Women and disability forum

Posted: March 25, 2018Categories: ,

Women and disability forum

He waka eke noa. We’re all in this together.

That was the strong message coming the Women and Disability forum held on 13 March.


Dr Huhana Hickey, human rights campaigner, outlined the need for intersectionality – a uniting of women (whether disabled or non-disabled), Māori and Pacific people, and those who identify as LGBTQI – to tackle discrimination.

“We need not to be afraid of activism,” Huhana told the 50-strong audience. “We’ve got to get stronger. Society has to pick up its game.”


Speaker after speaker outlined the challenges disabled women face.
  • Only 24% of disabled people are employed, compared to 74% of non-disabled people.
  • Disabled women earn, on average, $30,000 less than disabled men.
  • A higher number of Māori with disabilities live on less than $15,000 per year.
  • Disabled women are much more likely to face abuse, including by ‘carers’ and family.


Next year, the United Nations will examine New Zealand’s compliance with the Convention on the Rights of Persons with Disabilities. “The UN needs to ask difficult questions of New Zealand,” Paula Tesoriero, the Disability Rights Commissioner told the forum. “Disabled New Zealanders have a long way to go to enjoy the rights outlined in the Convention.”

The importance of disabled women telling their own stories, and conveying their diversity beyond statistics, was highlighted by Tanya Black, the general manager of a broadcast and digital company with a focus on disability. She gave the example of Siobhan Fahey, a young girl with cerebral palsy, who was interviewed outlining her love of sport. One media outlet described her as a “Paralympic hopeful” while another cast her as a “Cerebral palsy sufferer”. “Think about the ideology behind those two tag lines,” Tanya said. “It matters that teachers, peers and future employers see her as someone with potential.”

Pia Jane, a disability rights campaigner, gave powerful testimony of lived experience of deaf women’s “language deprivation” – being excluded from education and family communication – and not having the language to report abuse. She said the negative experiences had put “fire in her belly” to change things. The need for the #MeToo campaign to highlight the voices of disabled women was also raised.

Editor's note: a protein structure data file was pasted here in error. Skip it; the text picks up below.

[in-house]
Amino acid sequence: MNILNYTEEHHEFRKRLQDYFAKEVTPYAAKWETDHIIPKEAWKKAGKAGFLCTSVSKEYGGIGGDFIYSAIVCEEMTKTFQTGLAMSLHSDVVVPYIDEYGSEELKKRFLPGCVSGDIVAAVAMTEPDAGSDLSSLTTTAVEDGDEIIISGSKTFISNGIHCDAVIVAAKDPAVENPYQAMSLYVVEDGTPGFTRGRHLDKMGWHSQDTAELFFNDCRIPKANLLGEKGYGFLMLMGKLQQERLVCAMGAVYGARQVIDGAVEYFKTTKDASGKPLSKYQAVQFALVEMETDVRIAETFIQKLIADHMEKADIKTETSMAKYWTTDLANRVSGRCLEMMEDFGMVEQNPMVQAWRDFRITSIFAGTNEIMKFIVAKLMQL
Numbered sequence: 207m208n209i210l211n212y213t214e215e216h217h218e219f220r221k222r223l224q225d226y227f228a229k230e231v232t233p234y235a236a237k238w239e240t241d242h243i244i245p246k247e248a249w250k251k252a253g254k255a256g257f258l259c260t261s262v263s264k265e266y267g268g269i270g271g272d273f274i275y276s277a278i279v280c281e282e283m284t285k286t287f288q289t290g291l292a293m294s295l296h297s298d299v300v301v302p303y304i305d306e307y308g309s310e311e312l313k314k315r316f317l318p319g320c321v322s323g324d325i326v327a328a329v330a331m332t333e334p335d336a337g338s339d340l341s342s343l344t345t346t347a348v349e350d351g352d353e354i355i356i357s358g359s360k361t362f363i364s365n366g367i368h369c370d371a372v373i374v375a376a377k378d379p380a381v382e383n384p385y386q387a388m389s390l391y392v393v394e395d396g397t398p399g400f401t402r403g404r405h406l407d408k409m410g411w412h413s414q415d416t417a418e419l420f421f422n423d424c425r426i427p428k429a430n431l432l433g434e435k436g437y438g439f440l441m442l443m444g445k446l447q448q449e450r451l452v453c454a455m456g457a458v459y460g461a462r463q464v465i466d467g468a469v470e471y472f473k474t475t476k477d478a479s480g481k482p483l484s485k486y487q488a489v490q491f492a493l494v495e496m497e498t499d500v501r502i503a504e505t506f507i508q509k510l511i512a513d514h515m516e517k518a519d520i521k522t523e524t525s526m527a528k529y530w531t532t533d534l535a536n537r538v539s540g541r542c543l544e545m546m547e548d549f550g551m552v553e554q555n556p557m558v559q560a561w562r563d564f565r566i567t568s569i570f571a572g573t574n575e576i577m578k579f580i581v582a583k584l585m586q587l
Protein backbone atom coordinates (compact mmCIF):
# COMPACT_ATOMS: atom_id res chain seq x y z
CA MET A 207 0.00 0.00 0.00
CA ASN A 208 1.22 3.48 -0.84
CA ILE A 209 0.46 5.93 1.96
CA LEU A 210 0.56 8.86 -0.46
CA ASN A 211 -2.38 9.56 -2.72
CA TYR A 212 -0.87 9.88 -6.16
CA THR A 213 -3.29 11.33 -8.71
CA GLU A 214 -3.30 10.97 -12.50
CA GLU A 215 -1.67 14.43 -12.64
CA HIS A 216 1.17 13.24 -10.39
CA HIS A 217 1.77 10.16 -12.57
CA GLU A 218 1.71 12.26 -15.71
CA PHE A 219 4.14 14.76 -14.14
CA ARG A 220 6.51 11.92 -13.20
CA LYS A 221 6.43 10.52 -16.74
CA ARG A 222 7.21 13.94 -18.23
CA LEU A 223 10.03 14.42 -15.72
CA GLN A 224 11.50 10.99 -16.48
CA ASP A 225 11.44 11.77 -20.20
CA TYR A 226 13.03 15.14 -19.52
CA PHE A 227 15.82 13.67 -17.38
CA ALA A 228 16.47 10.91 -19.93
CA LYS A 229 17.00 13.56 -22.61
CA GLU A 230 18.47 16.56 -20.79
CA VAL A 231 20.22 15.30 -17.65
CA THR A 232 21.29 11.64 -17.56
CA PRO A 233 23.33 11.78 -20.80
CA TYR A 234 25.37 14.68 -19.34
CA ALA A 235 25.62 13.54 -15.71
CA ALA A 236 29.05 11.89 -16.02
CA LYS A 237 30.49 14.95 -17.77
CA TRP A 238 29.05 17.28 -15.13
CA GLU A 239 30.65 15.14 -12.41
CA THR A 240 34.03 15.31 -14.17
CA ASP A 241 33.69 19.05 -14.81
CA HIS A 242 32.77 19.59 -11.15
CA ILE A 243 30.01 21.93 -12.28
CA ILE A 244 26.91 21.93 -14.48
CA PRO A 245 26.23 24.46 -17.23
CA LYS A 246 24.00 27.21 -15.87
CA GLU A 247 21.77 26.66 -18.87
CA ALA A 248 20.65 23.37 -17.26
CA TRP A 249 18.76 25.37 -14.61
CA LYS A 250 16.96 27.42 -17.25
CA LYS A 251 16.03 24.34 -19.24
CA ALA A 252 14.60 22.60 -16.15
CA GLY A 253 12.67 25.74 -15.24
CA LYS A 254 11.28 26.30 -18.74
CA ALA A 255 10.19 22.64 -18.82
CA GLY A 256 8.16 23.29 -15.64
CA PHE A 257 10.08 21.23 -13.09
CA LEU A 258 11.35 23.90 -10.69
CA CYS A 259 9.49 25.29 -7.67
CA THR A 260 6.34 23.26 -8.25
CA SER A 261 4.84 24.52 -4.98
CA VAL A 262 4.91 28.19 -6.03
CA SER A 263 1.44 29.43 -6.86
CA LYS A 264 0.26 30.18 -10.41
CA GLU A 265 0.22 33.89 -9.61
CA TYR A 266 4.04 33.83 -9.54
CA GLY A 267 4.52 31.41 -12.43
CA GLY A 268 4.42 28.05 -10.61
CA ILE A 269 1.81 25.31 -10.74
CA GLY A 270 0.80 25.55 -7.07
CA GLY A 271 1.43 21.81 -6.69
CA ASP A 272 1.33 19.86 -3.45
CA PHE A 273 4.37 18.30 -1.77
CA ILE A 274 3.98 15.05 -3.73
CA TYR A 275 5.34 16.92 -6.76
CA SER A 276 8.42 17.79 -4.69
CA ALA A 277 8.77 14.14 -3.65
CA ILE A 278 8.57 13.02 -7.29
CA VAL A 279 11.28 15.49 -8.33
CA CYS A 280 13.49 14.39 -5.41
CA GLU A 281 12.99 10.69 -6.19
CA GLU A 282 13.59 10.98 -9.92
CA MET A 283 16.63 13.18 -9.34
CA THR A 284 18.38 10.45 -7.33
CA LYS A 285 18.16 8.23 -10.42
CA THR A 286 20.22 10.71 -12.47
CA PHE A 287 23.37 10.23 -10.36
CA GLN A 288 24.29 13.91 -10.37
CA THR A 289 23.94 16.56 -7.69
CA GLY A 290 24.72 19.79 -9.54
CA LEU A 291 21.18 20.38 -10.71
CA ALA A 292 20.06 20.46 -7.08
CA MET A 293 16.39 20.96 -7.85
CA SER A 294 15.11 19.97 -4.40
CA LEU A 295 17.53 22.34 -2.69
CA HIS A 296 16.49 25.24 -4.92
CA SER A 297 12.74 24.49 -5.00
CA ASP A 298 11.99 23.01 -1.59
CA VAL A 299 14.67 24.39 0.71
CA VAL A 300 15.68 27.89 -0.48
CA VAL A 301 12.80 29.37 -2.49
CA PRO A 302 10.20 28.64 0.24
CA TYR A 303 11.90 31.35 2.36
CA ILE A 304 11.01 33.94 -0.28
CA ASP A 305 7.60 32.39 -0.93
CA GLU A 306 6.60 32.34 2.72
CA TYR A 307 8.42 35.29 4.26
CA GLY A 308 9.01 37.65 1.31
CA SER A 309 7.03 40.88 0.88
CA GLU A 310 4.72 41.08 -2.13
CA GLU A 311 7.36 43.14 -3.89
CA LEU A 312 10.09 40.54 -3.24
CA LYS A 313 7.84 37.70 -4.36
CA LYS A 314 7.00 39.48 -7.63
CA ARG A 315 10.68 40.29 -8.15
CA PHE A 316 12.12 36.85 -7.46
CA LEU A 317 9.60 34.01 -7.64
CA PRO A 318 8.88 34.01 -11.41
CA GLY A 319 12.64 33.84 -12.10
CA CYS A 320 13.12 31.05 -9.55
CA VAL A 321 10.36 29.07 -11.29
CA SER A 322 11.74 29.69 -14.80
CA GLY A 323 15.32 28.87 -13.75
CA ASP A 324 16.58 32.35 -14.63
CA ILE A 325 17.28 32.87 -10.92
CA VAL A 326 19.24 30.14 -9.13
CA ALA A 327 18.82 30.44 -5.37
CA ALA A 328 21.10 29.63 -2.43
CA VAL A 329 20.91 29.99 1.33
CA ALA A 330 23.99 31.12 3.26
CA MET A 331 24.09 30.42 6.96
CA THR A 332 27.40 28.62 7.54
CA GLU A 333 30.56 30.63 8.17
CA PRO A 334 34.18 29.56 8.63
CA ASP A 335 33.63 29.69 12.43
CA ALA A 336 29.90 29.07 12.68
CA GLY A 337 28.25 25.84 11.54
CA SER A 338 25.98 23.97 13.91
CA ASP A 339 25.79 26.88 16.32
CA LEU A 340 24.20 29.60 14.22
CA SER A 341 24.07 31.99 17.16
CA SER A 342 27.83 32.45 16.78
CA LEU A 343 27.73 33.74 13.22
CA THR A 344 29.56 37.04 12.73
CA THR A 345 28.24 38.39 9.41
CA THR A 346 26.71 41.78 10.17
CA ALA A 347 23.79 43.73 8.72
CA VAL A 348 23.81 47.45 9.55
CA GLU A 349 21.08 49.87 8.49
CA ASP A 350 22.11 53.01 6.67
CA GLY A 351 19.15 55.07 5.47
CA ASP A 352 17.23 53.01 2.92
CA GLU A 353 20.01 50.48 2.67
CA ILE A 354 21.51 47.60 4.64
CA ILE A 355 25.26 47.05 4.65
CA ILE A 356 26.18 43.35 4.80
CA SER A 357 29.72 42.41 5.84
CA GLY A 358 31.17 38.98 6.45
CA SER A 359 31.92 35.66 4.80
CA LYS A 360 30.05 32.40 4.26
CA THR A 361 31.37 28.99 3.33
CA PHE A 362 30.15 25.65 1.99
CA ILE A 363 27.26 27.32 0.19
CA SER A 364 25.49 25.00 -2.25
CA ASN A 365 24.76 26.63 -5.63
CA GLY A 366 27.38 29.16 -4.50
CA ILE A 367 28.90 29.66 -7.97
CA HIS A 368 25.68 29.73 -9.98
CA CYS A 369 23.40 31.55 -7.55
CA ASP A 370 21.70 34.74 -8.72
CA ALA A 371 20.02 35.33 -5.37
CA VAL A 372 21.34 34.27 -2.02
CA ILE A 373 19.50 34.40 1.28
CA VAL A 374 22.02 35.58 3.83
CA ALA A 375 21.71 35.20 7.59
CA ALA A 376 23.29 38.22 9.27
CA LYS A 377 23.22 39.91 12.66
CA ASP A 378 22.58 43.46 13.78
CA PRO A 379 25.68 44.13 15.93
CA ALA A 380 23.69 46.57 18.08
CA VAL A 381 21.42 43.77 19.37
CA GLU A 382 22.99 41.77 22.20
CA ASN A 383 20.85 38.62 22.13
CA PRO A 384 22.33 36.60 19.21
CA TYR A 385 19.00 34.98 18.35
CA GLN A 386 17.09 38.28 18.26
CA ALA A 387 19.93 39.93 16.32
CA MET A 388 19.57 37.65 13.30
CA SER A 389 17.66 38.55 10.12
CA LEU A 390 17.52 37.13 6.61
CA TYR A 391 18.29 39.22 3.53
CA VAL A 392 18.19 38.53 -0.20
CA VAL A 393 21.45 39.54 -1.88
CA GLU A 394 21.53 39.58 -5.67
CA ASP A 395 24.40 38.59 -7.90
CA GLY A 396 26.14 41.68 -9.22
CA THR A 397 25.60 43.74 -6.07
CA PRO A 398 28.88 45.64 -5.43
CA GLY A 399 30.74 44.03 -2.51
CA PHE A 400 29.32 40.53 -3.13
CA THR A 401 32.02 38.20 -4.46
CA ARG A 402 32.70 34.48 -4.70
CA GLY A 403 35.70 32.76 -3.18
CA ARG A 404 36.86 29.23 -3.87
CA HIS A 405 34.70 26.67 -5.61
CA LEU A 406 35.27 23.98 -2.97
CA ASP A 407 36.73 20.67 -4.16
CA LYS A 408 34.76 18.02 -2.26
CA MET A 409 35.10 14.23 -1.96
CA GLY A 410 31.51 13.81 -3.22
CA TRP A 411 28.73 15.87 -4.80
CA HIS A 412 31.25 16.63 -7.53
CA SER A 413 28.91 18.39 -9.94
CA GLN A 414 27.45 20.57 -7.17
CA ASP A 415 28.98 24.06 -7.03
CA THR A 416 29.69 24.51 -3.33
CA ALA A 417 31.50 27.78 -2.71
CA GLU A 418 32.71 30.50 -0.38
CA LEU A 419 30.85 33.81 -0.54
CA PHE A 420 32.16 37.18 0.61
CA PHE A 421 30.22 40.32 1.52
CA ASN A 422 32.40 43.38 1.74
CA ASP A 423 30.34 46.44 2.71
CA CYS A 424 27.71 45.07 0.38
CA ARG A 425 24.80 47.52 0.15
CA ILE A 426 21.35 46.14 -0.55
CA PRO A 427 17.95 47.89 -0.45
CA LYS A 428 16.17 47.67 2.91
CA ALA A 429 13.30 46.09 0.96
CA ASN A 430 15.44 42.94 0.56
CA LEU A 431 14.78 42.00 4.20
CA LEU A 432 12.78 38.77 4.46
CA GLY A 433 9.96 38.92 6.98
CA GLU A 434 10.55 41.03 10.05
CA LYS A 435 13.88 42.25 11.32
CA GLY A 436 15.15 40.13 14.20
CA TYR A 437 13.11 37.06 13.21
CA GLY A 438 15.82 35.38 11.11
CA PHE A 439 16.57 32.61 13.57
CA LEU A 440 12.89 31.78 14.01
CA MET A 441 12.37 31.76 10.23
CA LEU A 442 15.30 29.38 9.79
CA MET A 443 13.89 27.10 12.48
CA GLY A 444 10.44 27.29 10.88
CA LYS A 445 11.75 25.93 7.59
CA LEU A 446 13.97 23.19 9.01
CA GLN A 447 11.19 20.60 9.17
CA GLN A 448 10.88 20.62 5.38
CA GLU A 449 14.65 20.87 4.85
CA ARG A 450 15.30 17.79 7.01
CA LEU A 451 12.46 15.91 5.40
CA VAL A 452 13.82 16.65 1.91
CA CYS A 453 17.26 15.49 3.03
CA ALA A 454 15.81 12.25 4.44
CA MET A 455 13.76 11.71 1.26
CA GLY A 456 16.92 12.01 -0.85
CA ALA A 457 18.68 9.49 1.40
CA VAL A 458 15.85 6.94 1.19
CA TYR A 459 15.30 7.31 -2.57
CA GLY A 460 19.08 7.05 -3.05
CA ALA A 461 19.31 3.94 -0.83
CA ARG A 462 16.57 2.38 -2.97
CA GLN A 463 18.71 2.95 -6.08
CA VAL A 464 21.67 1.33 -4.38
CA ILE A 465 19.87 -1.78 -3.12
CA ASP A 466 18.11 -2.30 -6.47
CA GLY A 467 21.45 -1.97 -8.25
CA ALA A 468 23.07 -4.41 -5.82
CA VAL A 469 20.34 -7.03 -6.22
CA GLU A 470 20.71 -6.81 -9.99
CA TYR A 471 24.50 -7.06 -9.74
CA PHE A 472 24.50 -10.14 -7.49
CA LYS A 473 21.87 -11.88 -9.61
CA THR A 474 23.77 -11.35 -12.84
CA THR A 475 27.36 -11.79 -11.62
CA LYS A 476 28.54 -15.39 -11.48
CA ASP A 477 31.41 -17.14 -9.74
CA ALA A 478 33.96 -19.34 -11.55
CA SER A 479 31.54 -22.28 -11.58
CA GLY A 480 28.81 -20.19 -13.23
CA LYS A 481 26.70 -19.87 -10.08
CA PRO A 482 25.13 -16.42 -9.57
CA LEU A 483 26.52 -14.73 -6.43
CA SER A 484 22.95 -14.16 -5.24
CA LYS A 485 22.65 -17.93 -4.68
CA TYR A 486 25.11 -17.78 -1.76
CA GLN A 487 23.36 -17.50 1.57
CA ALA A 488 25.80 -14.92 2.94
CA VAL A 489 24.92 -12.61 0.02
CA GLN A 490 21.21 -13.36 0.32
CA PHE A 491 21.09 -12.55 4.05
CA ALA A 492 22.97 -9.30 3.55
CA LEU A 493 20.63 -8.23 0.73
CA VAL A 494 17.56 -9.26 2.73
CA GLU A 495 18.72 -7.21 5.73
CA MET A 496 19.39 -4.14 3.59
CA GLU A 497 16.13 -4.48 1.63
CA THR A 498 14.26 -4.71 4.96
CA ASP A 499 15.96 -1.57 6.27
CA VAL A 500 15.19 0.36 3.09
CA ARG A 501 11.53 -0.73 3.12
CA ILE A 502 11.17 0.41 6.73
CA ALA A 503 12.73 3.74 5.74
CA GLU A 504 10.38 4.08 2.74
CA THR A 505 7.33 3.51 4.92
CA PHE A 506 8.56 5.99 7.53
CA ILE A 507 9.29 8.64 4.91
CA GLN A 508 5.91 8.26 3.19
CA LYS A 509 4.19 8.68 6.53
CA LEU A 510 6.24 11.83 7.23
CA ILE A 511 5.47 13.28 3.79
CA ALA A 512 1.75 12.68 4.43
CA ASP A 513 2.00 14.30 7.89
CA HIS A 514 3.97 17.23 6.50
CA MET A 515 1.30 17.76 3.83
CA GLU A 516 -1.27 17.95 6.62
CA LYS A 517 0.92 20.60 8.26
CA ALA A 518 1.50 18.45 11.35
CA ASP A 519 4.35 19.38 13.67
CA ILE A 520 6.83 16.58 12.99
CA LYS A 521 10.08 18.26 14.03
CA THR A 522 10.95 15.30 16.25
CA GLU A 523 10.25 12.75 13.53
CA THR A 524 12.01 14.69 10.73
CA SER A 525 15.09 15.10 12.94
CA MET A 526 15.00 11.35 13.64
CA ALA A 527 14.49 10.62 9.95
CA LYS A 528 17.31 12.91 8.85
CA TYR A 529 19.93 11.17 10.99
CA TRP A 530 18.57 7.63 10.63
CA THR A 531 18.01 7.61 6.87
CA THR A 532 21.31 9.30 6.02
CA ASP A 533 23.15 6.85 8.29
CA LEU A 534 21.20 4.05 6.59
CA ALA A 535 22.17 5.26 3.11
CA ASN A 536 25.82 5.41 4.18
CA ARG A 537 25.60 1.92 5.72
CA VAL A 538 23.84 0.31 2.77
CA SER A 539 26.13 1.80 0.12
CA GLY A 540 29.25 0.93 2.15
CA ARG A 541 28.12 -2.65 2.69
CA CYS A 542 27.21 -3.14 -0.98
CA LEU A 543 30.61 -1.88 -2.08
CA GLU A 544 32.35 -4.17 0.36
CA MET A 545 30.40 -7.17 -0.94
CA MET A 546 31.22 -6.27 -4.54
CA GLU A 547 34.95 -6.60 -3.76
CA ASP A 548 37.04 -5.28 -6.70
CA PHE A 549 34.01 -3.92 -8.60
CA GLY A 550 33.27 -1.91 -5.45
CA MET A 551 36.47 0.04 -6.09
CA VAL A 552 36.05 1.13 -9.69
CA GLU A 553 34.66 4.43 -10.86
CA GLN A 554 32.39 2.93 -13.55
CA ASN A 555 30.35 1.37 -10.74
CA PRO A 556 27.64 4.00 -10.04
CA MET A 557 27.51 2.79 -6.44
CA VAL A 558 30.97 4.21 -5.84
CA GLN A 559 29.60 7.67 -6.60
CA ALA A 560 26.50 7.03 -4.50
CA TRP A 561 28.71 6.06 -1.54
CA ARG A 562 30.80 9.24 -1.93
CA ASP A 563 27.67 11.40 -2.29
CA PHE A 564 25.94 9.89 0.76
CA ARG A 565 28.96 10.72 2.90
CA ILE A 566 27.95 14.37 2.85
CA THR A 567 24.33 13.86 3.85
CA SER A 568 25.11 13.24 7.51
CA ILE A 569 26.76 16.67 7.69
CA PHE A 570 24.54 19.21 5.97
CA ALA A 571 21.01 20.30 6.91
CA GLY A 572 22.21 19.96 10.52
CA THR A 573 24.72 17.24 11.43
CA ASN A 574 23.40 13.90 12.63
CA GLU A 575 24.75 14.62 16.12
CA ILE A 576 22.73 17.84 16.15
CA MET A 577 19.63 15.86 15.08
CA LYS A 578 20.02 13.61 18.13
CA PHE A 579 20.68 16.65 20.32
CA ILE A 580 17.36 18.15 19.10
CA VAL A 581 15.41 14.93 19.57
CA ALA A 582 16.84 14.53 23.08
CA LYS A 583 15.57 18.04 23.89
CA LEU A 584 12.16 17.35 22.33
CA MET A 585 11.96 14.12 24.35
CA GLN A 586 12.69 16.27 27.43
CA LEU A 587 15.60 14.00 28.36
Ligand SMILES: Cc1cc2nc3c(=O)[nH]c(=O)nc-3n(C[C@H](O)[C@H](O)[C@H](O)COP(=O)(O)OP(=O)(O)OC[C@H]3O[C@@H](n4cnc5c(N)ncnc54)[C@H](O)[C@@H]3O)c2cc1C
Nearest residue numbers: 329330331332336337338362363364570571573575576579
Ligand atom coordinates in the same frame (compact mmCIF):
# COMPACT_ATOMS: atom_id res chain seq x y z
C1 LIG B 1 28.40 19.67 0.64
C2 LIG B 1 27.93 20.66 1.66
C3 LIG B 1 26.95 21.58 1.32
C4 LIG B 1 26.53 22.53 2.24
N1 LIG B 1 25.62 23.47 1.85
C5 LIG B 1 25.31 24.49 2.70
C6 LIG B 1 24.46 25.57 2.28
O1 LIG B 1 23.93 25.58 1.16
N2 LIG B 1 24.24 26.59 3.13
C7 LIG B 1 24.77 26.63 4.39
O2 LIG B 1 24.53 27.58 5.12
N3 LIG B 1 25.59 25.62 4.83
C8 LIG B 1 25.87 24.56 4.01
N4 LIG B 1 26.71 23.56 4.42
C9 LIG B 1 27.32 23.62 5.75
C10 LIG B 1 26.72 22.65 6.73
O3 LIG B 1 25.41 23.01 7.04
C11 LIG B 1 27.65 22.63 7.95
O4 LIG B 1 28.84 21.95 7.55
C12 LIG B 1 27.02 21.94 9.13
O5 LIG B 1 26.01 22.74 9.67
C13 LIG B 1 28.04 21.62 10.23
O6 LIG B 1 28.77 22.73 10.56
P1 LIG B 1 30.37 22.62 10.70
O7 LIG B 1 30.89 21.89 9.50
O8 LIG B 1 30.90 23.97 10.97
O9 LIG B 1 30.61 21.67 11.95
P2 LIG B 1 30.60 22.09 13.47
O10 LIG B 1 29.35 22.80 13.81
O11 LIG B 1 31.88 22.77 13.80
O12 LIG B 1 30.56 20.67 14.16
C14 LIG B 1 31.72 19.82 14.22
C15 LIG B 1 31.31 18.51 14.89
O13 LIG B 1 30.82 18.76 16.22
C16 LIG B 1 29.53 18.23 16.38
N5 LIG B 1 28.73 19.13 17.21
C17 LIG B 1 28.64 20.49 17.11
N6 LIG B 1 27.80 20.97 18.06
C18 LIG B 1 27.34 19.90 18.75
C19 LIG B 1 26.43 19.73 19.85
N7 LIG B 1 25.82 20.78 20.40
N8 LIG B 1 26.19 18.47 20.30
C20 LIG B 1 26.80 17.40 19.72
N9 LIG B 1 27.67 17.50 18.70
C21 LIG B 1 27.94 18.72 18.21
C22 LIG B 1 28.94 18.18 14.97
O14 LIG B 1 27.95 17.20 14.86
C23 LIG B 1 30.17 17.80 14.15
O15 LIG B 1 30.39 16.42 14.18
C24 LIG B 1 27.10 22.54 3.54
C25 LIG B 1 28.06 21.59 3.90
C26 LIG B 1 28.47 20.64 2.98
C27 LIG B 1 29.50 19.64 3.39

One of the most pressing issues facing disabled women is the current End of Life Choice Bill. Speakers and audience members expressed fears that it could lead to euthanasia of disabled people, or people with disabilities deciding to end their lives because of the perception of being a burden. Paula was lobbying hard against the bill extending its scope beyond terminal illness.

Audience members spoke of the lack of accessible accommodation for older people with disabilities. One woman in a wheelchair described her frustrating visits to assess rest homes where she was continually told her wheelchair wouldn’t fit or would damage the walls. Less than 2 per cent of Housing NZ’s stock is accessible. The need for accessibility legislation was raised.

One of Paula’s priorities was to address that lack of data about disabled people, which results in inadequate service delivery. Huhana criticised the census’s limited definition of disability, which meant that District Health Boards’ budgets (based on numbers) would be insufficient. Audience members berated the census’s lack of accessible formats for people with visual impairments. There had been lots of complaints by blind people. MC Nicola Owen urged everyone to spread the word that if people couldn’t complete the census, they should ring Statistics New Zealand who would send someone to help.

Speakers congratulated the Women’s Centre for organising such an accessible forum, saying it was exciting to see so many disabled women participating. The forum could act as a springboard for more sustained action on disability, audience members said. The need for a national women’s disability movement was raised.

Changing attitudes needn’t take years and years, Paula said. “I don’t have the patience.” With digital and social media, she was confident that disabled people could pull off something extraordinary.